Design can take a concept through an entire experience, such as an event, creating
all the parts that touch attendees, which we did for 250 people at the Building
conference and Expo in the Senior Client class.
Case Study 1
Seventeen seniors worked on extending the brand for THE BUILDING CONFERENCE,
which was developed by grad students Forrest Conroy and Lindsey Estep. The conference
was on green and community building.
Above you see a 3D paperfold
award given to architects and community builders for Placemaking Excellence, a folder
that folds from a single sheet of paper to form pockets that hold information given
to conference attendees. The team design was silkscreened on 250 folders.The nametags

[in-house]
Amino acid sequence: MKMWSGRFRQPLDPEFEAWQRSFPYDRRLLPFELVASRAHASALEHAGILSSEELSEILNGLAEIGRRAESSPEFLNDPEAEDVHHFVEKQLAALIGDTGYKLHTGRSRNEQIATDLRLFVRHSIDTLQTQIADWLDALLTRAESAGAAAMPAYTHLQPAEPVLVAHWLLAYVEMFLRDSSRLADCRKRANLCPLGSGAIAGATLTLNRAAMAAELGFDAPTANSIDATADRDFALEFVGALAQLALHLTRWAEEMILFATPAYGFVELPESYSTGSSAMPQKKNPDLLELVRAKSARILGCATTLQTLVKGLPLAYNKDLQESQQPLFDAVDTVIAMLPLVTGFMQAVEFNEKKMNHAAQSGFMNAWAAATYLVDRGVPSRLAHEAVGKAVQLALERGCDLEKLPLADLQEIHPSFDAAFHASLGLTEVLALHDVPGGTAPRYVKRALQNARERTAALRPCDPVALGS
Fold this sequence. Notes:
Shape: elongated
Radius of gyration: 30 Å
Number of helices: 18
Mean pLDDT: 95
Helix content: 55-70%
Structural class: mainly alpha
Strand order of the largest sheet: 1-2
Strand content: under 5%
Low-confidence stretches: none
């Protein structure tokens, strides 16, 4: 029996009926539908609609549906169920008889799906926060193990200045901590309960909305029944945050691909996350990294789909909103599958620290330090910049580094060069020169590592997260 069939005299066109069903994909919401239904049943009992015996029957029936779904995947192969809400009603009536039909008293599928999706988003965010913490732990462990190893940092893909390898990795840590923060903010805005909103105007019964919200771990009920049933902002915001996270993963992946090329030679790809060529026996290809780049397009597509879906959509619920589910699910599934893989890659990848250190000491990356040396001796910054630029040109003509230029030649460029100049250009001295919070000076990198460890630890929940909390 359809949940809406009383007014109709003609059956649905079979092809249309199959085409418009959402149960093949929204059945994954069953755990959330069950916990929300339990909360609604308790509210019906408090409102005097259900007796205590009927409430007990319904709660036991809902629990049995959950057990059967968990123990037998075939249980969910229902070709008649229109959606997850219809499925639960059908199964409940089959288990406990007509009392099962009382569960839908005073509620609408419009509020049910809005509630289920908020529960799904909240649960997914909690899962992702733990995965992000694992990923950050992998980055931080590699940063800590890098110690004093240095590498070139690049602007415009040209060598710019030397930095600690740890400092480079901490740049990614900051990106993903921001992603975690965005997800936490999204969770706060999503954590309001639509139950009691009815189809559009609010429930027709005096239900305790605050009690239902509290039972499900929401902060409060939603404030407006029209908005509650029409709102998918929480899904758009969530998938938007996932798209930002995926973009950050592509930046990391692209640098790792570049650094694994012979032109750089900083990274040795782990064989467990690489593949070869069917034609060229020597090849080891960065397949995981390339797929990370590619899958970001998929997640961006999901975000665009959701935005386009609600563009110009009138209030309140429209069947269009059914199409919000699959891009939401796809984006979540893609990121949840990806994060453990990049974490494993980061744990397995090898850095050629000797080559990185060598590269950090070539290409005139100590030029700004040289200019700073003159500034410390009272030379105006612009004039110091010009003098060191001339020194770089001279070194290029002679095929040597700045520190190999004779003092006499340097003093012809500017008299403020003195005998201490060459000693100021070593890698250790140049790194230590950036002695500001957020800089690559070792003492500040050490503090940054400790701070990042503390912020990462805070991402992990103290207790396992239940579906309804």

underscored the reuse message of the conference. Clipped to the folder is our tag
design, held together with a lariat of weed-eater string slipped into a screw nut.
The folded piece on the right is a thank you card designed to be given to the sponsors
and donors. Other pieces in the photo are the program, a green pocket guide to dispel
myths about green practices, and other post card notices.
We designed many other things for the statewide conference also, such as a web design,
wayfinding and signage, an informational kiosk, and 150 pairs of earrings that
used recycled materials, just to give some fun and DIY incentive to participants.
The design process is the biggest takeaway from the WVU program. Technology
changes, the design field broadens, but the discovery, research, idea-generation,
visual competency and user-testing methods applied here allow a designer to approach
new problems as an individual or within teams.Of course, many experiences with
mediums and media, tools and materials, also add confidence and skill to the graduate.
Dee Snow silkscreening custom folders
Some of 150 pairs of recycled earrings